While we are fortunate that in large part Drew services do not appear to have been affected by the Heartbleed bug, out of an abundance of caution, we are making the following recommendations for changing Drew passwords:
If you have made your password on any non-Drew web site match your Drew uLogin password, please change your uLogin password. You may do so at password.drew.edu. Do not change your password on the non-Drew web site until you have confirmed from the web site’s owner that the site has been patched. You should always pick a unique password for Drew that is distinct from the password you use on any non-Drew web site.
For students and retirees who have not enrolled in Duo Security and who have also set up the built in Mail app on a smartphone or tablet, or a third-party email program such as Apple Mail, Thunderbird, or Outlook to sync with their Drew email, we recommend that you change your uLogin password. You may do so at password.drew.edu. When accessing your Drew Google account via these third-party applications, your Drew uLogin password passes directly through Google’s systems, which were vulnerable to the Heartbleed bug.
If you only access your Drew Google account via a web browser, it is not necessary to change your uLogin password. Under these circumstances, your Drew uLogin password does not pass through Google systems, but is validated directly by Drew’s system. Drew’s infrastructure was not vulnerable to the Heartbleed bug.
For users who are enrolled in Duo Security, including all employees and some students who have opted in or are required to do so, it is not presently necessary to change your uLogin password. Your uLogin password does not transit Google systems if you are enrolled in Duo Security.
If you have your smartphone or tablet’s built in Mail application or a third-party email application such as Microsoft Outlook, Apple Mail, or Thunderbird connected to your Drew email account, then we recommend that you generate a new “device password”. While your uLogin password does not pass through Google systems if you are enrolled in Duo Security, your device password does. The device password only provides access to these specific applications and cannot be used to access any other Drew service. To change your device password, please visit the Two-Factor Authentication Self-Service web site and click Generate a new device password. We recognize that most device passwords will be expiring naturally in the next few weeks anyway.
Our recommendations for general internet safety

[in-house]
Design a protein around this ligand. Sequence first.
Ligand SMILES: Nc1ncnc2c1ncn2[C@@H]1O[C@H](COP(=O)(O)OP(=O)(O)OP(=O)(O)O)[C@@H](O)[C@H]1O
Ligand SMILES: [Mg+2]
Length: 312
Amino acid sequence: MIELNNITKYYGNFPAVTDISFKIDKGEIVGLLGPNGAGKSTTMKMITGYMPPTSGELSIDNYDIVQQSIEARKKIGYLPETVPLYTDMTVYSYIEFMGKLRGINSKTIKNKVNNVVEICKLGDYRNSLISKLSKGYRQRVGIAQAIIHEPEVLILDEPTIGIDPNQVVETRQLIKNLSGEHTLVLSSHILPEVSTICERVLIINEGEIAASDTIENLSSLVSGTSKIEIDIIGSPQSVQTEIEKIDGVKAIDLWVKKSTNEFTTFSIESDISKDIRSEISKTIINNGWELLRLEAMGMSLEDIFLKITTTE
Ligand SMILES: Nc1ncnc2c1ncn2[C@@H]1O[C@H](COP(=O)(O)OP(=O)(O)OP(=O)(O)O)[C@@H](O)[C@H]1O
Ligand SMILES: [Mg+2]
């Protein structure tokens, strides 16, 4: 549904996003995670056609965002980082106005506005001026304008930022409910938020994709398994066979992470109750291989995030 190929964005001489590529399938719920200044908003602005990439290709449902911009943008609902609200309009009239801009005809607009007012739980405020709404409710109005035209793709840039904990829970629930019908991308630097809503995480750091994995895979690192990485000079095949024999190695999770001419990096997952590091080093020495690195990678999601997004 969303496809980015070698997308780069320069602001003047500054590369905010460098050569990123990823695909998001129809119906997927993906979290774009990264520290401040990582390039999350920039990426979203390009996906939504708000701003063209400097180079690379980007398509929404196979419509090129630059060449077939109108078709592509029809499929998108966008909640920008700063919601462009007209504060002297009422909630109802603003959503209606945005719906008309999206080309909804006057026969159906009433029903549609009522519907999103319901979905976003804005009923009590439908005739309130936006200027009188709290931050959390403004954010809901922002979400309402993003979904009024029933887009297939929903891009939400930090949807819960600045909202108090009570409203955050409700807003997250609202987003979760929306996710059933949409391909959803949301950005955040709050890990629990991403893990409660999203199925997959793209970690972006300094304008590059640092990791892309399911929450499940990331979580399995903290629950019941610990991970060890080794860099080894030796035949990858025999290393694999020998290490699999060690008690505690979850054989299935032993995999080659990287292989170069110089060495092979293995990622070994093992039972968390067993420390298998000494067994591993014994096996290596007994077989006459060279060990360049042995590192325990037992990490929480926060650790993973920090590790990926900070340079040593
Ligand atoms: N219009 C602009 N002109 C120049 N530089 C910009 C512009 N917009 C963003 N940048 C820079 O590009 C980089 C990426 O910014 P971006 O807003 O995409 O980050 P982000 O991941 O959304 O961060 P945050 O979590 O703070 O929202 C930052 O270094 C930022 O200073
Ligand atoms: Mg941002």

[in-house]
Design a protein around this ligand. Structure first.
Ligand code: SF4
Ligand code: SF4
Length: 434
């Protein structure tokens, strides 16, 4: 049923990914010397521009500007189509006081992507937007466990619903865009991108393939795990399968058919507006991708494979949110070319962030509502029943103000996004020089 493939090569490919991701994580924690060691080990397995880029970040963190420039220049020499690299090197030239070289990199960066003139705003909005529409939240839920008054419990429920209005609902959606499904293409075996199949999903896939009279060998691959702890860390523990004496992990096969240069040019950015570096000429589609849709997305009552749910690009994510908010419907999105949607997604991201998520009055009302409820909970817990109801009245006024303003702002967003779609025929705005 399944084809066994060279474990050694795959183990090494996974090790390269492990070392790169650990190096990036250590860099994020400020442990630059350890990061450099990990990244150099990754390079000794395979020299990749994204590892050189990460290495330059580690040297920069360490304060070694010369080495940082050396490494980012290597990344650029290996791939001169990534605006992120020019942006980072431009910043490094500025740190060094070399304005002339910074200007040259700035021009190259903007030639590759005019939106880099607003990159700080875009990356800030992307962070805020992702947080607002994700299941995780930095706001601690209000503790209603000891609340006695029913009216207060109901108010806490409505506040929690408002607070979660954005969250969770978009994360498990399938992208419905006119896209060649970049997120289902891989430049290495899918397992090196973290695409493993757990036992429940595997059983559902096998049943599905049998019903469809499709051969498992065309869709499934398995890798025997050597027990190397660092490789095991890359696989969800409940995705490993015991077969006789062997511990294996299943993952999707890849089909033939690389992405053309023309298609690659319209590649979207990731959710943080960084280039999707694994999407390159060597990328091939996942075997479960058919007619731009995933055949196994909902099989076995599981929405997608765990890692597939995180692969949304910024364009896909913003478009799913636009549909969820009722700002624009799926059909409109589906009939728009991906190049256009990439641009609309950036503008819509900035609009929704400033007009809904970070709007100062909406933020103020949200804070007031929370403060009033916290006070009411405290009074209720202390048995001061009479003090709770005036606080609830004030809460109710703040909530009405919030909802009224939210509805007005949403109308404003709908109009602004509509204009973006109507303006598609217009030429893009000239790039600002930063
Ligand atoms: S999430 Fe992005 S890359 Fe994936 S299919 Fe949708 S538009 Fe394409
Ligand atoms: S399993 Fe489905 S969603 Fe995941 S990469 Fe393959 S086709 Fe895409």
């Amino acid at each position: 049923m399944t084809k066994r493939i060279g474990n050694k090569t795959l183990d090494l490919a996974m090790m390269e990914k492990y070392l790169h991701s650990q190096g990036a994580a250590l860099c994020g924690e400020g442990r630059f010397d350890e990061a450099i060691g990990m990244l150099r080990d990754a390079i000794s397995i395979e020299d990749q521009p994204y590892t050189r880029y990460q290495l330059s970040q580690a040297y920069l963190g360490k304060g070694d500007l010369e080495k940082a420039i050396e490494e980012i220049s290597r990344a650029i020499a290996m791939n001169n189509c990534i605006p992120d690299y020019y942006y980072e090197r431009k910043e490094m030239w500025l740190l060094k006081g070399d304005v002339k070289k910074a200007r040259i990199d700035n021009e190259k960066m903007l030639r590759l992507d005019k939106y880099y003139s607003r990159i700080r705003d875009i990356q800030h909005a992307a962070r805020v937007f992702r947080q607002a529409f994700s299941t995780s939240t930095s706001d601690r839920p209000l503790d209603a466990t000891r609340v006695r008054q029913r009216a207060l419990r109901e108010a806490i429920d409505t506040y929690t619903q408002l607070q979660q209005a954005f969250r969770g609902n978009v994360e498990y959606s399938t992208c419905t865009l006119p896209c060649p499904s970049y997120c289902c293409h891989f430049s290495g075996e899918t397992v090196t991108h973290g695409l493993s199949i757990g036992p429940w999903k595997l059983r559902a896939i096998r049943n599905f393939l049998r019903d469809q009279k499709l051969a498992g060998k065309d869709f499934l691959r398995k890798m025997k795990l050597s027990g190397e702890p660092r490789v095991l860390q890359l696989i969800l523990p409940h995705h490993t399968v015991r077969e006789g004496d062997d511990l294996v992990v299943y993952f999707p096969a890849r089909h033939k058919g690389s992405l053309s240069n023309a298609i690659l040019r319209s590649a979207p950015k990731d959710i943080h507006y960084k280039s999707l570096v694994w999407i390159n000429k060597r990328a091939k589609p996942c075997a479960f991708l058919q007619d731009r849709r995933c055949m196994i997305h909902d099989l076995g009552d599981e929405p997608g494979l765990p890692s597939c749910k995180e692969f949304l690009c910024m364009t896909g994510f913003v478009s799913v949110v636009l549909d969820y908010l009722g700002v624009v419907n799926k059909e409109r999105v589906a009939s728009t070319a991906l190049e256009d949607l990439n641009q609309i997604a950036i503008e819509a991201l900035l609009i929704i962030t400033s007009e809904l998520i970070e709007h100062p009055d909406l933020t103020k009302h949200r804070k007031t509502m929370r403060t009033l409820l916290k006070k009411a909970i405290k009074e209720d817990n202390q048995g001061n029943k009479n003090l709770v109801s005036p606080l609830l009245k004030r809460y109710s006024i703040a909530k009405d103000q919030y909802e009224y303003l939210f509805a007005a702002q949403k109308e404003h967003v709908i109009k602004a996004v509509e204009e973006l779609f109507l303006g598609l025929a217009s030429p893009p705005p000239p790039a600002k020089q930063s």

The world’s response to the discovery of the Heartbleed bug is evolving and many web site owners are still in the process of assessing their systems and responding to the vulnerability. We recommend the following safety tips while the full extent of the Heartbleed bug’s impact is understood:
Avoid online banking and shopping for a few days, if you possibly can. Many online stores and financial institutions have not yet disclosed their exposure to the Heartbleed bug.
Don’t change your online banking and other non-Drew web site passwords until the site owner tells you that it’s OK. If the web site is still vulnerable, you may simply be giving your new password to attackers.
Try to use different passwords for different websites whenever possible. It is especially important to use unique passwords for critical services such as Drew, your banking institutions, and your personal email account. You want to decrease the chance that a password disclosure on one system will allow access to other systems.
Apply the latest security updates to your computers, as well as to your mobile devices.
Stay informed. Review the sites below to learn more about progress in addressing the Heartbleed bug and how any personal web sites that you use may be affected. Change your password on vulnerable web sites after the site owner has patched the vulnerability.
If in doubt, ask! Feel free to contact us with questions or concerns.
The following sites provide more information about the Heartbleed bug and ongoing efforts to respond to this important security issue.
List of websites known to be affected (Mashable)
Web site vulnerability checker (Lastpass.com)
Technical description (heartbleed.com)
News report (Reuters)
News report with advice (NPR)
Comic explanation (xkcd)
Please stay tuned to University Technology’s own Heartbleed Information Center at www.drew.edu/ut/heartbleed for more news and updates.